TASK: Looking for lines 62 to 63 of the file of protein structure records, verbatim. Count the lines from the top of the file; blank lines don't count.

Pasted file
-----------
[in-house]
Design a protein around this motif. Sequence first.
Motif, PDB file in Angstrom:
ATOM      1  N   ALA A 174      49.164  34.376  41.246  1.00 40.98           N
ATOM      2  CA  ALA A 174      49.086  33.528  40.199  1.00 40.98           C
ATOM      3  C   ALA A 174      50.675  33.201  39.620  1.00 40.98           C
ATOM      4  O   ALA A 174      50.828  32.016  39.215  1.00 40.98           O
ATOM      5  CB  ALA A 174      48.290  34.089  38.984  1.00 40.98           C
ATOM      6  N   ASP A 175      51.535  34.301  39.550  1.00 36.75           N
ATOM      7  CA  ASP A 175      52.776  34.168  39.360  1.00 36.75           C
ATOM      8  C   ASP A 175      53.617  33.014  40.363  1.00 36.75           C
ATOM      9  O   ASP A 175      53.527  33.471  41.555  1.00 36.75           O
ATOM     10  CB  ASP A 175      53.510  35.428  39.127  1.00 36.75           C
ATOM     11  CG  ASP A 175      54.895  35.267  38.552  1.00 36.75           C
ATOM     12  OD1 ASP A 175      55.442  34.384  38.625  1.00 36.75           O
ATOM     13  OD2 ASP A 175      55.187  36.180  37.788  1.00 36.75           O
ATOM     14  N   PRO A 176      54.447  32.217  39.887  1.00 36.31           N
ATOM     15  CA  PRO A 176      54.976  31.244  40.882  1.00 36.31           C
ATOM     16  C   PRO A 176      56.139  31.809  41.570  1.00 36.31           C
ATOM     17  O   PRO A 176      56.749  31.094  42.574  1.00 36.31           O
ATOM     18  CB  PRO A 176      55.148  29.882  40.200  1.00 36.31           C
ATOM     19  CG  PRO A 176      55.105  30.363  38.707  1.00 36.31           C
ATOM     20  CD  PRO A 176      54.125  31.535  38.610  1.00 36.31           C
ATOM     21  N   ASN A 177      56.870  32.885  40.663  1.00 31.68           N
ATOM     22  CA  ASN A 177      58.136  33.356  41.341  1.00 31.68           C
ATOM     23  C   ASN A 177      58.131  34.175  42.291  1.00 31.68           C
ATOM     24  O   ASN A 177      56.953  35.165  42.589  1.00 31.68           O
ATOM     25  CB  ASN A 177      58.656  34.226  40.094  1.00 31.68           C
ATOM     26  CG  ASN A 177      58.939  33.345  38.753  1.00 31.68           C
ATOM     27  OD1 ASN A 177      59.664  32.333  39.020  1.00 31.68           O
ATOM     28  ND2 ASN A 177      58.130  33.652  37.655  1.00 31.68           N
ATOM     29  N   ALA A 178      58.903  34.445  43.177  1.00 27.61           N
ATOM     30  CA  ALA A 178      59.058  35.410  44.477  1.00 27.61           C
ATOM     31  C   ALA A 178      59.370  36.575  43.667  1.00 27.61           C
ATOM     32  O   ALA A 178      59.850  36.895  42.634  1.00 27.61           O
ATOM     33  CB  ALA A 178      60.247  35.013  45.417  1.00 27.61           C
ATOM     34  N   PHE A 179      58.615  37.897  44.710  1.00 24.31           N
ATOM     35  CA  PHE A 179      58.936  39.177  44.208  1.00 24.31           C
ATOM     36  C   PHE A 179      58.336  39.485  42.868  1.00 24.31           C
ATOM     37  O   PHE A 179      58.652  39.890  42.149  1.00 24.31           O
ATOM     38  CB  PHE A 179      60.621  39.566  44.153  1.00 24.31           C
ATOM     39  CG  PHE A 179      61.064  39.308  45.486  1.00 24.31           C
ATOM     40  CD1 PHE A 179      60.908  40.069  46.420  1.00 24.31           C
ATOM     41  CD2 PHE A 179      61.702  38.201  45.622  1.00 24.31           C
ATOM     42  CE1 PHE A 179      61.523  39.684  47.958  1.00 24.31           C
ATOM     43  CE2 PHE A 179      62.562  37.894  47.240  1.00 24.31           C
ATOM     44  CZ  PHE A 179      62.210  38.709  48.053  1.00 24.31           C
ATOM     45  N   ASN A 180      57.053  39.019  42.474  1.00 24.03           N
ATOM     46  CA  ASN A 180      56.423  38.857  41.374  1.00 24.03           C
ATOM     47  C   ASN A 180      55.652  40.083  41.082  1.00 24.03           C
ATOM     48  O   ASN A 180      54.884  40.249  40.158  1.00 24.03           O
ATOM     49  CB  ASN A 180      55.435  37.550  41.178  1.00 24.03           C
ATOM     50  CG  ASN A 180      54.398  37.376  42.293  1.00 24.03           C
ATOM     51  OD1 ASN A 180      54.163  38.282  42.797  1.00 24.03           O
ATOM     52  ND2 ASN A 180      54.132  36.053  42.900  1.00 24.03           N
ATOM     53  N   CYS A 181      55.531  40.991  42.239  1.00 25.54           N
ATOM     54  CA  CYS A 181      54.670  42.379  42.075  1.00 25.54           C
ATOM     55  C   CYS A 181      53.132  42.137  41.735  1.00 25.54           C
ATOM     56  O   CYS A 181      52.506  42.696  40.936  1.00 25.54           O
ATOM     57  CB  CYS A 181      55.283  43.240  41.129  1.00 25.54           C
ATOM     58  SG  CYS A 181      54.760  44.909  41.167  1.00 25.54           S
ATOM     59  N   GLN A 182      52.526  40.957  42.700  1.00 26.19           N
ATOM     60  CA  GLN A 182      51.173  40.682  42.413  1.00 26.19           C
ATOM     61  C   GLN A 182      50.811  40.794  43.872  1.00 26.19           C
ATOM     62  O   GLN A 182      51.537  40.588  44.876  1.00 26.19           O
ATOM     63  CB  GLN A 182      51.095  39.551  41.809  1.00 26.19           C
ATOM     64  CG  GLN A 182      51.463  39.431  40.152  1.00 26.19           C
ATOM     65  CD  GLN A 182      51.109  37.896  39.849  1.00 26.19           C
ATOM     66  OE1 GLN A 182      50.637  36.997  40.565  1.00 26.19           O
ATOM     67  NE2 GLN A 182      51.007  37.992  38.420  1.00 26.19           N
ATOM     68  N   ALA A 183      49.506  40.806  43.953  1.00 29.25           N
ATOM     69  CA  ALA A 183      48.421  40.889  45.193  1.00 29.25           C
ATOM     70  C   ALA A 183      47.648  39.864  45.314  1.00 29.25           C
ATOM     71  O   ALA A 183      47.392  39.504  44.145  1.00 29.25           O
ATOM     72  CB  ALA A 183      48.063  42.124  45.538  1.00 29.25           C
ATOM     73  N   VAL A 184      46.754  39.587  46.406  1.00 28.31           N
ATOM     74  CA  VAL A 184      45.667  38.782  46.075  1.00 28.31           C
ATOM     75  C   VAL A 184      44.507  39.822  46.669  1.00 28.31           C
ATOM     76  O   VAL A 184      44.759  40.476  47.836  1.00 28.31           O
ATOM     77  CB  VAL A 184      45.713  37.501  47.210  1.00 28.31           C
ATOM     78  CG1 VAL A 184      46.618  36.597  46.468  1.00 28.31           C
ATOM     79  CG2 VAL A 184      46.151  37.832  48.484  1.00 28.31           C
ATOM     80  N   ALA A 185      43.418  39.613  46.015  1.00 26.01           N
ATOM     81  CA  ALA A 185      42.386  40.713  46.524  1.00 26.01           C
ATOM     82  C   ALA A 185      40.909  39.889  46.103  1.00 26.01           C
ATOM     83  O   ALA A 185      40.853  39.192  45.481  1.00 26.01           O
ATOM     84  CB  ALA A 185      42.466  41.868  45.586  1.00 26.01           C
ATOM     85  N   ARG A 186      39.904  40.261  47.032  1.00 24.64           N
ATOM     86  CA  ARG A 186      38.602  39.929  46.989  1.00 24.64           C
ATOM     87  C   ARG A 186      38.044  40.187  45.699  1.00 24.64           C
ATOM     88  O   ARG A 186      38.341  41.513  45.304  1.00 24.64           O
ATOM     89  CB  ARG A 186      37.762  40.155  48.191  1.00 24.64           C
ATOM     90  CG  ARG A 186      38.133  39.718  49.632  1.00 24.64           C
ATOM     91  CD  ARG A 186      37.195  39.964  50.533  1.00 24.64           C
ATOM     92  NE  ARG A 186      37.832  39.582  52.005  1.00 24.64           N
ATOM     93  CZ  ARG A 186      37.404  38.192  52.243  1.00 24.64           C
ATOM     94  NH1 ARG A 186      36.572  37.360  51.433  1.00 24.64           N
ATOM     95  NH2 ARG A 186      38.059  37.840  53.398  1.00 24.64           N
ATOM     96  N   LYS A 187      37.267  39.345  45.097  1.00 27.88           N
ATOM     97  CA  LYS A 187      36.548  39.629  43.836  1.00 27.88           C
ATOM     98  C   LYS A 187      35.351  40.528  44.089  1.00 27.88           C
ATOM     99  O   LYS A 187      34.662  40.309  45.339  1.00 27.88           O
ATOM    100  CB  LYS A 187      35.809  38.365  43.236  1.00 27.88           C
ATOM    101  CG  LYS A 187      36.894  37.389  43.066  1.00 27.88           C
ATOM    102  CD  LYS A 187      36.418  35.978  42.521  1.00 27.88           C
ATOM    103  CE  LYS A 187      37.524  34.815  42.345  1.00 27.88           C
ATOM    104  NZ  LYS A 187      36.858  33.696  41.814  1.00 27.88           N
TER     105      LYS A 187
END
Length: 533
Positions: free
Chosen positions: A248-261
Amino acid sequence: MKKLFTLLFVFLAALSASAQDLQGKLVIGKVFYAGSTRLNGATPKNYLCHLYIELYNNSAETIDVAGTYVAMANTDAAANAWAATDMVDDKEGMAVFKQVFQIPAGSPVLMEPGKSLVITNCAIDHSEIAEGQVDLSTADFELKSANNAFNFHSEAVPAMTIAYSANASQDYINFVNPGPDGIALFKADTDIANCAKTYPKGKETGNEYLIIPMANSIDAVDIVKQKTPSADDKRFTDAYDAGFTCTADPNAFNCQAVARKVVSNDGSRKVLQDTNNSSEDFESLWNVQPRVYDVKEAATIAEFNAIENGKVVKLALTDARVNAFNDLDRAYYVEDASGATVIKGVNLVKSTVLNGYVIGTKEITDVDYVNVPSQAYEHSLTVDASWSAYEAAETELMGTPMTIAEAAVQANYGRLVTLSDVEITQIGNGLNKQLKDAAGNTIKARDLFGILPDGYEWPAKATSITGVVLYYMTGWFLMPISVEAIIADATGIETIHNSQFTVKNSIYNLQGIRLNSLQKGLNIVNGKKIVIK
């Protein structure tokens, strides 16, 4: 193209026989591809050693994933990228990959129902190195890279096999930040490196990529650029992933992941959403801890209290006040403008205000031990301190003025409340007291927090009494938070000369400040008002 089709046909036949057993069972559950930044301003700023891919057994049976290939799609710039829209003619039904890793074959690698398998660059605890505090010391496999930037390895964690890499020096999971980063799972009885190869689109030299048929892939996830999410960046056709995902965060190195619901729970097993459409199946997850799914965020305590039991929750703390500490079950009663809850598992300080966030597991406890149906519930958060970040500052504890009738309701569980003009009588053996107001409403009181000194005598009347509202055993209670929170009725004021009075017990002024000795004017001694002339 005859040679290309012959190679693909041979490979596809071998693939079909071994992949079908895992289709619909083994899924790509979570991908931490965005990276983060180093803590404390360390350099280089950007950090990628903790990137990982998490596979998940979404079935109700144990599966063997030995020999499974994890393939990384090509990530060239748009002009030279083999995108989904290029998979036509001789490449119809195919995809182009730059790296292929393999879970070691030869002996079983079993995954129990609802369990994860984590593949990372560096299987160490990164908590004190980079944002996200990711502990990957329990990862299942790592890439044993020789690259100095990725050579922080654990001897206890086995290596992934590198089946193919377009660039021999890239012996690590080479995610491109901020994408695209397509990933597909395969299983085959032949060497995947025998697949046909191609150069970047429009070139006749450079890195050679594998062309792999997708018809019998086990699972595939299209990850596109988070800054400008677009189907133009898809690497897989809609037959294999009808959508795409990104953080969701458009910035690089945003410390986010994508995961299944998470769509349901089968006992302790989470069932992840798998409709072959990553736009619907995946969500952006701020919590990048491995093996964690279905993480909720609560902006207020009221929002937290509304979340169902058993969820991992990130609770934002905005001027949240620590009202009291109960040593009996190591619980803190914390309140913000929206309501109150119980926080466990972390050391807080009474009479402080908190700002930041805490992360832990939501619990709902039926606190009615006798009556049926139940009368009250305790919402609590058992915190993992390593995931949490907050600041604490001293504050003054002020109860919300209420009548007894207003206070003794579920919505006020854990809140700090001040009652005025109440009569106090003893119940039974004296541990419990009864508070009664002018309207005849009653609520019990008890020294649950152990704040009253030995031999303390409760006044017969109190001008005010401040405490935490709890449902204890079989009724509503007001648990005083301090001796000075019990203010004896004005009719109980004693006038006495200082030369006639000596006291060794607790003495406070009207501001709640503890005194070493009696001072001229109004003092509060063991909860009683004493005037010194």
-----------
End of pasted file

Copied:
ATOM     59  N   GLN A 182      52.526  40.957  42.700  1.00 26.19           N
ATOM     60  CA  GLN A 182      51.173  40.682  42.413  1.00 26.19           C